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Bick, E. (1964). Infant observation in psycho-analytic training. International Journal of Psycho-Analysis, 45: 558-566.

Esther Bick described six reasons for the including infant observation in psychoanalytic training, with a focus on what the observer learned to see in the infant, noting the observer had to resist being drawn into infantile transference/countertransference roles, to be open to the emotional impact of observing, and develop the capacity to contain.

Briggs, A. (Ed.) (2002). Surviving Space: Papers on Infant Observation. London, New York: Karnac.

Bick's four classic papers in infant observation and related issues by contemporary experts in the field commemorating the centenary of Esther Bick and assessing her unique contribution to psychoanalytic theory.

Briggs, S. (1997). Growth and Risk in Infancy. London & Bristol, Pennsylvania: Jessica Kingsley.

A study of five infants observed in vulnerable circumstances in England paying close attention to the qualities of receptivity and containment in the parent-infant relationship, and how development in this context contributes to risk or resilience.

Haag, M. (2002). A propos et a partir de I'oeuvre et de la personne d'Esther Bick. Volume I, La methode d'Esther Bick pour I'observation reguliere et prolongee du tout-petit au sein de sa famille. Paris: Privately printed.

This book, with important contributions by Genevieve Haag, includes detailed reports of the Haags' infant observations, supervised by Bick. It contains a fifty-page commentary in English of Bick's 1964 paper, and raises points of psychoanalytic theory that can be illuminated by infant observation.

Magagna, J., Bakalar, N., Cooper, H., Levy, J., Norman, C. & Shank, C. (Eds.) (2005). Intimate Transformations: Babies with their Families. London, New York: Karnac.

Six members of an international video-linked infant observation seminar group describe this process augmented by the affective learning model and highlight and the influence of the sibling relationship on personality development.

Miller, L., Rustin, M., Rustin. M. & Shuttleworth, J. (Eds.) (1989). Closely Observed Infants. London: Duckworth Press.

Eight observational accounts are presented introduced by three integrative chapters on the observer's anxieties, an integration on the main psychoanalytic theorists and infant development and reflections on research methods.

Negri, R. (1994). The Newborn in the Intensive Care Unit: A Newborn Psychoanalytic Prevention Model. Perthshire, Scotland: Clunie Press; London: Karnac.

Describes an approach, which is more than alleviating suffering, to the problem of the emotional experience of the baby who has not had enough of one type of life to be able to transfer his or her emotional allegiances to the new one.

Piontelli, A. (1992). From Fetus to Child: An Observational and Psychoanalytic Study. London and New York: Tavistock/Routledge.

The first longitudinal study of its kind, observations of the behavior of several children from early stages in the womb through birth to childhood show how observational and psychoanalytic data can offer complementary insights about development.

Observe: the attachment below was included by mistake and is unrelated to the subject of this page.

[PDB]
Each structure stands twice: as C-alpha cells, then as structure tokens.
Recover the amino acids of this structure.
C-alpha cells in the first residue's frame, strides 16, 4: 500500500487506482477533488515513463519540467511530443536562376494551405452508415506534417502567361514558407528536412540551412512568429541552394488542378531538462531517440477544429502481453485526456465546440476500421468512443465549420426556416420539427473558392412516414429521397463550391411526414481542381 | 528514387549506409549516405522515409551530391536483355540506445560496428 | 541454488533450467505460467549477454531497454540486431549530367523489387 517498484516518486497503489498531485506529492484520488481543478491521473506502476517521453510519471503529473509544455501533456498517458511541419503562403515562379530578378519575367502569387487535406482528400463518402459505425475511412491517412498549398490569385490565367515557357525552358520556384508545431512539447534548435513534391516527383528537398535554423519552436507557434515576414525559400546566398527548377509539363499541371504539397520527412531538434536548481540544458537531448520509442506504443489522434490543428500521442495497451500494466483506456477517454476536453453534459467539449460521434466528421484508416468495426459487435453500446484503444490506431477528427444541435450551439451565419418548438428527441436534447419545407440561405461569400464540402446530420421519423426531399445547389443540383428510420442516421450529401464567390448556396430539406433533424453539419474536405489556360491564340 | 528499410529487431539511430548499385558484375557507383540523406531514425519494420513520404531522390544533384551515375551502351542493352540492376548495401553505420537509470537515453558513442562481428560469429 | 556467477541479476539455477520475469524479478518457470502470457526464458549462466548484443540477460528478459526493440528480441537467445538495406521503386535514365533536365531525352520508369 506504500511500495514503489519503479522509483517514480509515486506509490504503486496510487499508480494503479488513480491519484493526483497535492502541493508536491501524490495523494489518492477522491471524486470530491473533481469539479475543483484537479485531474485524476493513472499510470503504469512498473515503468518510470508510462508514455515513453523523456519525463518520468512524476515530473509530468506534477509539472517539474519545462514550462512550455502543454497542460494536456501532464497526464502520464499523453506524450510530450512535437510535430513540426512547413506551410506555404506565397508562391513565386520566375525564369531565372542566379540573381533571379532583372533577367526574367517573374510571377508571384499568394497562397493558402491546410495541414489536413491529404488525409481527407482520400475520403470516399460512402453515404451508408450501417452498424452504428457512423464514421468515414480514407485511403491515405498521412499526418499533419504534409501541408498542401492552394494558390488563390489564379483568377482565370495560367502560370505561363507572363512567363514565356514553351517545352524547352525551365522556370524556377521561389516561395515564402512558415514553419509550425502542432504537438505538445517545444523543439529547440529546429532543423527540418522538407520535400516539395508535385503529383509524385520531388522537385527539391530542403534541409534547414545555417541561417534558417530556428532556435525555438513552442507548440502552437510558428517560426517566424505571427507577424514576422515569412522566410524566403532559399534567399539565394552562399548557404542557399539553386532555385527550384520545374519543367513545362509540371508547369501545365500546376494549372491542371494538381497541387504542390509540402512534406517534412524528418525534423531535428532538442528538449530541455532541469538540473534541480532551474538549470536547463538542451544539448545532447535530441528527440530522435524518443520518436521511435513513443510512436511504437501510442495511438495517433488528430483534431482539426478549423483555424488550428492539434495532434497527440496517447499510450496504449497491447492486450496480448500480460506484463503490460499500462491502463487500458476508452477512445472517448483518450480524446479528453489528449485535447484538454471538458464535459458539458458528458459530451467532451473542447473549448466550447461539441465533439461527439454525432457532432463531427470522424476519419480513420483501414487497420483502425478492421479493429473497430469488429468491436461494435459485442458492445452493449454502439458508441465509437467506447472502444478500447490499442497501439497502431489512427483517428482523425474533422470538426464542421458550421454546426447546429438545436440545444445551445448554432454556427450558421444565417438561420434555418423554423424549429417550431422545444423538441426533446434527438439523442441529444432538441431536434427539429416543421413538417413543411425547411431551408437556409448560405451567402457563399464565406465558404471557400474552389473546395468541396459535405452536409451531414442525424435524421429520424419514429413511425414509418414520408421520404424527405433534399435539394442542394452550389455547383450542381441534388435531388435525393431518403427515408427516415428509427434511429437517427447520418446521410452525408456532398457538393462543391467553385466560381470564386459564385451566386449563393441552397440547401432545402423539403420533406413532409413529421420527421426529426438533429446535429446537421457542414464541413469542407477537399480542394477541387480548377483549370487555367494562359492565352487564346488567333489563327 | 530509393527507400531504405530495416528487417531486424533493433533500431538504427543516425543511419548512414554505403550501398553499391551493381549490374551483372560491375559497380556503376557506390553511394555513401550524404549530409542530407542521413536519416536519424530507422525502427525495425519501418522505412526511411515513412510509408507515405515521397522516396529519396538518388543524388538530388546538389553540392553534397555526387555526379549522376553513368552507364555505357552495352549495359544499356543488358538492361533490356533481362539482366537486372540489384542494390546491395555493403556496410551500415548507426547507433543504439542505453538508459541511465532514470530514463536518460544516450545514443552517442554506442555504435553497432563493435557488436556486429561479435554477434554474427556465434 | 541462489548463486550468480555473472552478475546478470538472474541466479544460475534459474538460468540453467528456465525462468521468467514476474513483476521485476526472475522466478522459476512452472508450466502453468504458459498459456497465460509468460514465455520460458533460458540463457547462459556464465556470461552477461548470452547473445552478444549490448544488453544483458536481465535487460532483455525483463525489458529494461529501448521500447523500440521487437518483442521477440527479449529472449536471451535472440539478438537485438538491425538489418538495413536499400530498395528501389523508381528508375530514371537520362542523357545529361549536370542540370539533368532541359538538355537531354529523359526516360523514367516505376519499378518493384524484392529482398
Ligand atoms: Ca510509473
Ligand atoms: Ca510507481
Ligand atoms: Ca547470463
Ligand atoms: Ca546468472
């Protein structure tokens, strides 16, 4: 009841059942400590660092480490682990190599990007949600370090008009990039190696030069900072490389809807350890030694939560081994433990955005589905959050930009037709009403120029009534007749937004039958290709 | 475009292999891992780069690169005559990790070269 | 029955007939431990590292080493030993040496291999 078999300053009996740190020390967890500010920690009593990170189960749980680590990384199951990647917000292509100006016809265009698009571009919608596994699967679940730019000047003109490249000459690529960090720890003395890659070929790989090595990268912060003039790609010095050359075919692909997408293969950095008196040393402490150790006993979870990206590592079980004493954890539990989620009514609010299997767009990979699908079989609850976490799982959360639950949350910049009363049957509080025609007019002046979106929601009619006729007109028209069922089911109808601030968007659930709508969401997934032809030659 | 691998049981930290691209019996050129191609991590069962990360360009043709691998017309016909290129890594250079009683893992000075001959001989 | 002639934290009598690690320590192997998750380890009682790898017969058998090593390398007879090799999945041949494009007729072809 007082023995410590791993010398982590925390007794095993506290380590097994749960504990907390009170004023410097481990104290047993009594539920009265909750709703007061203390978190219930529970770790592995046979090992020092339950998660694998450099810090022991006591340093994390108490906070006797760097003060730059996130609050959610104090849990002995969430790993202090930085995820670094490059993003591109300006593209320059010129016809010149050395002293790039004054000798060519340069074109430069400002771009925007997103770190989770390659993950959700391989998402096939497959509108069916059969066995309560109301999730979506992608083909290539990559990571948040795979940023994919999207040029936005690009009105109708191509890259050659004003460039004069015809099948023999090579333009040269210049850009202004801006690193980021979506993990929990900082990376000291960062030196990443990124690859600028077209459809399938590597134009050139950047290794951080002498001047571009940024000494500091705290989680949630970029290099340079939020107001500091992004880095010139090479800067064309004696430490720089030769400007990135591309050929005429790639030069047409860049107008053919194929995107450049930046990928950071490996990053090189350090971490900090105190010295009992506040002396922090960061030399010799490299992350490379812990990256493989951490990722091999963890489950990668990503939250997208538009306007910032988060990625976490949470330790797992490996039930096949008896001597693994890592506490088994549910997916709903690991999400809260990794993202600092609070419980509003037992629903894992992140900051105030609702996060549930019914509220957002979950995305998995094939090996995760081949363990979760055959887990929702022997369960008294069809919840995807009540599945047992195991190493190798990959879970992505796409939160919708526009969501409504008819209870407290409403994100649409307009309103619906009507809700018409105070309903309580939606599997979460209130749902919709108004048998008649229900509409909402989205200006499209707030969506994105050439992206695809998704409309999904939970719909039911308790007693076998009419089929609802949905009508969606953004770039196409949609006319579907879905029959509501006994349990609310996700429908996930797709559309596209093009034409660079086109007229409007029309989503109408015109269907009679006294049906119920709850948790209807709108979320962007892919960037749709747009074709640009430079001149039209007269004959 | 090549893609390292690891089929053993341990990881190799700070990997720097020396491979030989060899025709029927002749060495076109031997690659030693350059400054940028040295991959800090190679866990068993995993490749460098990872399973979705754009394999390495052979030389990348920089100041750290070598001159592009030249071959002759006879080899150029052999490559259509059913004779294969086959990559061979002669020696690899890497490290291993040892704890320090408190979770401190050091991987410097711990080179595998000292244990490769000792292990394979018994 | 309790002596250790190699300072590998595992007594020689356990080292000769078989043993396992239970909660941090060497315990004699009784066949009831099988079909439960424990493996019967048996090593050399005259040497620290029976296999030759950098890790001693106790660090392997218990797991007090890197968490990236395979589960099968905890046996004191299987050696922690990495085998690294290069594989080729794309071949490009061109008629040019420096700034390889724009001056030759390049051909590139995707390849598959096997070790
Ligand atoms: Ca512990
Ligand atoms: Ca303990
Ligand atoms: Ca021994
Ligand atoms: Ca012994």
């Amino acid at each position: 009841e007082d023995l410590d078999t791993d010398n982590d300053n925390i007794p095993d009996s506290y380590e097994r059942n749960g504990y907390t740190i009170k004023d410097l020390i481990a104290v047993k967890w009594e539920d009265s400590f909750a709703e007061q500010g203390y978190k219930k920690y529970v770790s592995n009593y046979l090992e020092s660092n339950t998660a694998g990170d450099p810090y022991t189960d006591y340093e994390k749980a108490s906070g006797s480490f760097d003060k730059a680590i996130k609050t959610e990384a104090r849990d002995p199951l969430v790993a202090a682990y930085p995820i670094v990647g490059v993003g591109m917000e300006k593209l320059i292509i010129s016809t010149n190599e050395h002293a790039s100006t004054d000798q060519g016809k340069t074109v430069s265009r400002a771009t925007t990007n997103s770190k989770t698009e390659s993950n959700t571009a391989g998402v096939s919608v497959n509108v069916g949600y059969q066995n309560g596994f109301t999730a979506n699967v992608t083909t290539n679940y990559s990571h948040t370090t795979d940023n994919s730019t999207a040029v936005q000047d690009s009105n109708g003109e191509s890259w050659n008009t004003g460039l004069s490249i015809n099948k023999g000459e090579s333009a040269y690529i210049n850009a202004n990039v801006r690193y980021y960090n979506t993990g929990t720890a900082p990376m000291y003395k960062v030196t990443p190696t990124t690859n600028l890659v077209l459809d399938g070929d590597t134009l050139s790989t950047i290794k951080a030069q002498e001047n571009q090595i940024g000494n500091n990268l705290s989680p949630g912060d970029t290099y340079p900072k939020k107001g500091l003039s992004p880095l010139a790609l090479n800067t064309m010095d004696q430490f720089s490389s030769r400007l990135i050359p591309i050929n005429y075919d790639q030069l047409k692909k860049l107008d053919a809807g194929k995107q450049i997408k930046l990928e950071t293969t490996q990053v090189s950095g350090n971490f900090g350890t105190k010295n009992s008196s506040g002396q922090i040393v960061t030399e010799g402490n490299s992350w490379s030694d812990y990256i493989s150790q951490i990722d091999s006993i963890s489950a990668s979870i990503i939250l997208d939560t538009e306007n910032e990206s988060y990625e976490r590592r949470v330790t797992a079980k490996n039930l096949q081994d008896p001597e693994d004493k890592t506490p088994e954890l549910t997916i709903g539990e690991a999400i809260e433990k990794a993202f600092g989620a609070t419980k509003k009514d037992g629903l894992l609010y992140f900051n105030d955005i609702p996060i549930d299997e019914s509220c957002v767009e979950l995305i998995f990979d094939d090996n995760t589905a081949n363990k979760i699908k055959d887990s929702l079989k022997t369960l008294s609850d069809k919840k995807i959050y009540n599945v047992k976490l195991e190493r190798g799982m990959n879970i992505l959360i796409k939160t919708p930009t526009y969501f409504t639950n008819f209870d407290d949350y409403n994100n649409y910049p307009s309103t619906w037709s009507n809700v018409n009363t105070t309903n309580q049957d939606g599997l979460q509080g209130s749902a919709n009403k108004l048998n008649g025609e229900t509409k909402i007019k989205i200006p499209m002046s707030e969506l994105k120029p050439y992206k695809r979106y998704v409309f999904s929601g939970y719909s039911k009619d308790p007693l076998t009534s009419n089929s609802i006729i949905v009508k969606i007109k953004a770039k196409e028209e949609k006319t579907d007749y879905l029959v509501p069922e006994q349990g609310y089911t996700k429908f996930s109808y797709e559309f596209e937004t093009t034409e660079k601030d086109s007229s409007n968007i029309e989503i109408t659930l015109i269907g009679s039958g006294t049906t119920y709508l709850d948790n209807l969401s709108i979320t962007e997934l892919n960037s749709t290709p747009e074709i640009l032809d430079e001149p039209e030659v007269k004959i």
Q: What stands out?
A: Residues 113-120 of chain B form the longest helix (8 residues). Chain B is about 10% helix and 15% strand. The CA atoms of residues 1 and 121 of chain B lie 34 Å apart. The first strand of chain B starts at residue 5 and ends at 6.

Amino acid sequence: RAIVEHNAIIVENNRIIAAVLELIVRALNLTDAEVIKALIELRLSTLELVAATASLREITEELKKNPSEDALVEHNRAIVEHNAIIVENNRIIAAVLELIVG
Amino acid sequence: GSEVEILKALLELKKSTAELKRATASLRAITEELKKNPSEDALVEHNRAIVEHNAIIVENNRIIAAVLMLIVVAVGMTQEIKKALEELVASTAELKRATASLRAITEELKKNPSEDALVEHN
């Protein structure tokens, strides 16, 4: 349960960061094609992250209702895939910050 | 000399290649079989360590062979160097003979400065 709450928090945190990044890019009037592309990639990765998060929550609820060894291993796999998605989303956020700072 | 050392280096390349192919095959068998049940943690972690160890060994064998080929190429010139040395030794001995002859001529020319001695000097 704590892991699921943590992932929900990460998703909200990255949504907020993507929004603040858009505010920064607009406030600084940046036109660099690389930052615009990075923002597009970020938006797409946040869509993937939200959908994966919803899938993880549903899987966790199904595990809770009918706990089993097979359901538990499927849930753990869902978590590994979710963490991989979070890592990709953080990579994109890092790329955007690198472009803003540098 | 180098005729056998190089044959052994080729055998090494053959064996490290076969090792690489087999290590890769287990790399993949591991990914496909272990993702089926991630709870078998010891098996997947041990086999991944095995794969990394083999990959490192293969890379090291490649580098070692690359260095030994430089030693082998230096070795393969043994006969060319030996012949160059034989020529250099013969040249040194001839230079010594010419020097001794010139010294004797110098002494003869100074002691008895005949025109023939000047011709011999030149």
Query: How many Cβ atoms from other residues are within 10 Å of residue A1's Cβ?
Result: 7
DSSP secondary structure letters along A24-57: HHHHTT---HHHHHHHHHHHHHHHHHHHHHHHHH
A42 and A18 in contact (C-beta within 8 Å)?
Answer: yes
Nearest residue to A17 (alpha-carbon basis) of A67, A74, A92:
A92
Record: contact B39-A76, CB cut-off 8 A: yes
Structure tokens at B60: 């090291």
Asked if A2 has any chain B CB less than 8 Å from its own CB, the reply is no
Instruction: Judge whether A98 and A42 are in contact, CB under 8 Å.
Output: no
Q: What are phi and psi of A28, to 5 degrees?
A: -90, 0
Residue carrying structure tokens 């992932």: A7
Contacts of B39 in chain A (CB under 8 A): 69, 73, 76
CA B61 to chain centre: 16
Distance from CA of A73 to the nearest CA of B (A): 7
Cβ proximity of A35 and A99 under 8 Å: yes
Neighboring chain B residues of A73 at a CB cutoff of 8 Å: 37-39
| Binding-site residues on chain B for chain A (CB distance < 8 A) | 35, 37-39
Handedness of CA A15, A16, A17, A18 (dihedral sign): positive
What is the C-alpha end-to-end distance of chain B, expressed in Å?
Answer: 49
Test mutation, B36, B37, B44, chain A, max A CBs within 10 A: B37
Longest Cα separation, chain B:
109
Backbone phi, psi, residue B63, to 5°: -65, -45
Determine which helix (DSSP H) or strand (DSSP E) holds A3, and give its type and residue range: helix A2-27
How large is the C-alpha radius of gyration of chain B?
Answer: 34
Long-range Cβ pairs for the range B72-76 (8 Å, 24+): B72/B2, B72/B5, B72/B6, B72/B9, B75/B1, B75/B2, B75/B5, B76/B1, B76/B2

Reid, S. (Ed). (1997). New Developments in Infant Observation: The Tavistock Model. London: Routledge.

Twelve key papers from international contributors offering an overview of current practice, explores new concepts arising from direct observation and shows how observation findings are applied in the research setting.

Sternberg, J. (2005). Infant Observation at the Heart of Training. London: Karnac.

Sternberg interviewed trainees and showed that the experience of infant observation helped in developing the particular skills and capacities, particularly a capacity to contain, necessary for a psychoanalytic psychotherapist.

Urwin, C. & Sternberg, J. (Eds.) (2012). Infant Observation and Research: Emotional Processes in Everyday Lives. Hove, East Sussex: Routledge.

The value of infant observation as a research method is increasingly recognised, as potentially applicable in any setting where the psychoanalytically informed observation of emotional processes can deepen research insights into everyday life through a focus on individuals, dyads, groups, and organisations.


Barnett, L. (1989). Sunday's Child. Concord.

This DVD series films the development of an infant in Britain, initially fortnightly for two years with follow up until age twenty-one years, providing a longitudinal study of child development and attachment patterns.

(2002). Observation Observed. Tavistock Clinic Foundation.

A teaching DVD, based on the BBC filming of two year-long observations, with film script was prepared by M. E. Rustin and B. Miller, containing a range of unedited extracts from the observations on significant developmental themes, and an accompanying booklet by L. Miller with an outline of the nature and practice of infant observation, and a commentary on the extracts.

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